scratch paper haiku, written with the shaft of a feather,
Minneapolis, Minnesota, Summer Solstice 2008, all photos © 2008
by QuoinMonkey. All rights reserved.
ONE 1 frog + 1 toad =
2 reams of good luck
Saw two frogs last weekend. One was this size (a toad). And one looked like this (a frog). The tree frog hopped out of the pond at Summer Solstice and spent some time with us on dry land. I now know the difference between a frog and a toad.
TWO 2 insurance adjusters + 1 friendly couple + 1 smiling contractor =
1 new roof
The toad appeared right as our contractor and two insurance adjusters (a husband and wife team from Kansas) arrived on the scene to inspect the roof. I saw that as a good omen. The toad’s skin looked like the bark of a tree. I thought it was a moth and brushed it off the deck table. It jumped. That’s when I knew it wasn’t a moth. I slid the slick, 4-color binder with the roof estimate under her belly and moved her down under the garden day lilies. She had bright orange skin where the leg meets the body, the same color as the day lilies.
THREE 12 hours + 1 summer storm + 1 green tree frog =
13 moons + 100 rocks + 1 gargantuan chorus
The second frog was a single green tree frog. She strolled proudly by the Solstice fire ring near a tumbled pile of birch, calling back and forth to her friends in the pond. One frog sang out. A few thousand returned the favor. This continued long into the night.
FIVE 1 fireside story from 2 shaman lips =
4 Tibetan nagas
Nagas are snake spirits, cobras. They live in or near water — deities of the primal ocean and of mountain springs; also spirits of earth and the realm beneath it — dragons of lakes, ponds, and oceans. They protect the Buddha and like to come up through the feet. Buddha took his sword and cut a valley into 4 parts = 4 Great Nagas. Nagas eat frogs.
SIX 1 drumbeat in the rain =
10 drums in dry heat
It poured in the middle of Solstice. We stood under a cluster of cedars, watched sheets of rain crest over the pond, and kept drumming. The skin of a hand-stretched drum changes tone with the humidity. When the air is saturated with water, one beat can resonate deeply and hang in the air. Close to the fire again, the skin pulls hard at the wood frame. The mallet bounces off hide in short bursts of sound.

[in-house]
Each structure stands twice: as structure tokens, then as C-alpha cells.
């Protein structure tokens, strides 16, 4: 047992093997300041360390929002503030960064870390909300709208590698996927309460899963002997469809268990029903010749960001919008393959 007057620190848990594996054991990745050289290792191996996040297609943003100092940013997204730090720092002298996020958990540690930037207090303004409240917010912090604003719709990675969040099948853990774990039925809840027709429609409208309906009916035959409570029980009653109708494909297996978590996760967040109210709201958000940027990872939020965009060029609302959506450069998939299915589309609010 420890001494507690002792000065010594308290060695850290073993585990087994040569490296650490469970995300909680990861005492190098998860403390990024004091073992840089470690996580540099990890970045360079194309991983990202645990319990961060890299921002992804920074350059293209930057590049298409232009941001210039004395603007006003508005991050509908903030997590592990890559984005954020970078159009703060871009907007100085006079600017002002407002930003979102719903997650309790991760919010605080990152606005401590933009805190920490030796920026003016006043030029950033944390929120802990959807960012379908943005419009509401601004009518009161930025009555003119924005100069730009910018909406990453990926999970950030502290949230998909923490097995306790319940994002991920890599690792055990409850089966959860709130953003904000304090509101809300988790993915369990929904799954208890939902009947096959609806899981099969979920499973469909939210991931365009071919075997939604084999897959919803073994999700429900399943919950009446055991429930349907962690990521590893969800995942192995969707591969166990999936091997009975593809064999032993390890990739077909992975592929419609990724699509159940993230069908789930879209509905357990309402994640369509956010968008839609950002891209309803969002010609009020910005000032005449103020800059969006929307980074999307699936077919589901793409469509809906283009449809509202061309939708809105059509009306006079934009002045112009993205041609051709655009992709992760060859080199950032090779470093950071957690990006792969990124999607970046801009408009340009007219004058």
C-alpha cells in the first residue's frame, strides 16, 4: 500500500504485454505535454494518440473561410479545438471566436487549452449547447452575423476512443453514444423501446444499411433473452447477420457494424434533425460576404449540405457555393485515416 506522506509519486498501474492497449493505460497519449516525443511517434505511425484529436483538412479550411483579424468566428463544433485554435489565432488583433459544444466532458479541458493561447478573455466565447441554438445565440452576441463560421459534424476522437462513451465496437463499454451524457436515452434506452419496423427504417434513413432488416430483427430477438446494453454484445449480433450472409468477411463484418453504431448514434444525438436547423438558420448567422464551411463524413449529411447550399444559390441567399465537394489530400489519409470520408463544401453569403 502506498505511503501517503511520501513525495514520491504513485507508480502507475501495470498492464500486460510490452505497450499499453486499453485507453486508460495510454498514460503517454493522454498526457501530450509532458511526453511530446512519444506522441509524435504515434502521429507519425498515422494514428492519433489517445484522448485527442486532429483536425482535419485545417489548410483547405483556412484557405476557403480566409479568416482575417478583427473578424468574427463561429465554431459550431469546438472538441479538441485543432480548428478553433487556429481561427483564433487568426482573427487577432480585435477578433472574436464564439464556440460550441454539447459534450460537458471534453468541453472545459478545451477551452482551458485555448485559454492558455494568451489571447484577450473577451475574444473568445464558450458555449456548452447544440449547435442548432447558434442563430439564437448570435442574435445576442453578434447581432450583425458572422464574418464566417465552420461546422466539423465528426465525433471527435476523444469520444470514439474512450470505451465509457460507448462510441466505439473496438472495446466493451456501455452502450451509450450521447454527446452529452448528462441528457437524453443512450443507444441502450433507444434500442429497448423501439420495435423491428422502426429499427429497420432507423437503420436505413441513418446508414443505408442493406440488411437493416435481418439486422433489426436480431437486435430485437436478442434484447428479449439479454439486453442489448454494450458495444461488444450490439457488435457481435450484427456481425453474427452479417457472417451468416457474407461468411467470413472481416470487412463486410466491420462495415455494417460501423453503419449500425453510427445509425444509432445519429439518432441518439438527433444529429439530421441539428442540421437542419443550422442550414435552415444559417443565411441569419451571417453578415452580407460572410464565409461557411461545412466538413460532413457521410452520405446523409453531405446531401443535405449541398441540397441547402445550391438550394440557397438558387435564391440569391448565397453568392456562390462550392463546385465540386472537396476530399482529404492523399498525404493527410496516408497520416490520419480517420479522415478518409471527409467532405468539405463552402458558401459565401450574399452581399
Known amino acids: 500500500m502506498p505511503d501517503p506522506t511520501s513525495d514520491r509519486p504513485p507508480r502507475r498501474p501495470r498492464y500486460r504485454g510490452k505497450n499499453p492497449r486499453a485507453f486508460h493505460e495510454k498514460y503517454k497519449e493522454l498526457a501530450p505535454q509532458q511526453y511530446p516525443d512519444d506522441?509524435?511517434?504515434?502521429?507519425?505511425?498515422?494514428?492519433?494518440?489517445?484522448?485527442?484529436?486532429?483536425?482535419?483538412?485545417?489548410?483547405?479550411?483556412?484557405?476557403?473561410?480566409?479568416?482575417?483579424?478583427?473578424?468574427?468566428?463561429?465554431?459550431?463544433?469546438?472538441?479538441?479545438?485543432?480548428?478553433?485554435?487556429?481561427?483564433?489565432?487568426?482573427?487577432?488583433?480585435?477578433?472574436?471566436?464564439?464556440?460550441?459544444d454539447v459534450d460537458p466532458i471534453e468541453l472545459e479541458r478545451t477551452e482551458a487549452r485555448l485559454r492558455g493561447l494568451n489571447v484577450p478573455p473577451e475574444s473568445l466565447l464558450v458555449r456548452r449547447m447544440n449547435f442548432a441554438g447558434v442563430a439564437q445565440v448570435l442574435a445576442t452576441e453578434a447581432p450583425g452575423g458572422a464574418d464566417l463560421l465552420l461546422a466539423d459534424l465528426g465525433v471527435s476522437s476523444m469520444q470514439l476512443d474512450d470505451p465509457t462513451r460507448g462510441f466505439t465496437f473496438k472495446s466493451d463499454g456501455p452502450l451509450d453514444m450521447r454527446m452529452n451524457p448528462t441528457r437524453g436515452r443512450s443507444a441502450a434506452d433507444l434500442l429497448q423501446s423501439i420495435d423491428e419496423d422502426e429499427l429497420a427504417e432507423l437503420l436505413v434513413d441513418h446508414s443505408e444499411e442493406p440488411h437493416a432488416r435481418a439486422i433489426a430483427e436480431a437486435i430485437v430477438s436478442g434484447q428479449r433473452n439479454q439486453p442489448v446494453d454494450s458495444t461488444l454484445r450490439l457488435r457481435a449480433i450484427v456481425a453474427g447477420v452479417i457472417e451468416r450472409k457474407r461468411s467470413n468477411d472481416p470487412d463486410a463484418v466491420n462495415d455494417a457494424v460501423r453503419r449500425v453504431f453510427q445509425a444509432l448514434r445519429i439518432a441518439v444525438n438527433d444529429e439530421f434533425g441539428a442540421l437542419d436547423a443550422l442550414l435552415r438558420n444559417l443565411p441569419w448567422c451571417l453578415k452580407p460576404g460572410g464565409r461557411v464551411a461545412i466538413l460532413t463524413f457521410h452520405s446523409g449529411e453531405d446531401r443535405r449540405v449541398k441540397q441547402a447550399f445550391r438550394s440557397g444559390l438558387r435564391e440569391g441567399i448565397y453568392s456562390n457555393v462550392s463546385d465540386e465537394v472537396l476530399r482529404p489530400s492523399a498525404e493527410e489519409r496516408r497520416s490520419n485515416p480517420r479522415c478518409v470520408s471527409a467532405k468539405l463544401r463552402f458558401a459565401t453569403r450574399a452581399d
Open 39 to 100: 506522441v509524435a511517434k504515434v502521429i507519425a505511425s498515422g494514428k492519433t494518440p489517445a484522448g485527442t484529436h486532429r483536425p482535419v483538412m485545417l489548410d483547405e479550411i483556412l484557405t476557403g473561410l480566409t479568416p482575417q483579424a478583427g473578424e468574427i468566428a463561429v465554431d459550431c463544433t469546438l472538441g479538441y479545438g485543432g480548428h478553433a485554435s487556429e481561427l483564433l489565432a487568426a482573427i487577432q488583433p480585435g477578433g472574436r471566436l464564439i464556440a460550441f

SEVEN shedding 1 old skin =
much harder than you think
EIGHT 4 marshmallows + a 2-pronged stick =
3 marshmallows splat on the ground + 1 mean S’more
Hershey’s S’mores (Indoors or Outdoors)
4 graham crackers, broken into halves
2 Hershey’s Milk Chocolate bars (1.55 oz), broken into halves
Outdoors: Place chocolate bar half on graham cracker half. Toast marshmallow over grill or campfire (supervise kids if they’re doing this); place over chocolate. Top with second graham cracker half. Gently press together. (Recipe from the cardboard on the inside of a Hershey bar)
Indoors: Place graham cracker half on paper towel; top with chocolate bar half and marshmallow. Microwave at Medium (50%) in 10 second intervals until marshmallow puffs. Immediately top with remaining graham cracker half. Gently press together. Repeat, serve immediately. Makes 4 servings.
NINE 1 alligator + 1 panther =
get along just fine
TEN 25,000 humans + stones aged at 3000 years B.C. + 1 Salisbury Plain =
Summer Solstice at Stonehenge
Some people’s Solstices are way wilder than mine! Stonehenge, on the Salisbury Plain about 90 miles southwest of London, was built over three phases between 3,000 B.C. and 1,600 B.C. Cremated remains and burials continued for at least 500 years. It is estimated that at least 240 people were buried at Stonehenge. More than 750,000 people visit every year.
BONUS: Incubate magic
train whistle marshes
summer solstice grabs the light
and turns it to dark
-posted on red Ravine, Friday, June 27th, 2008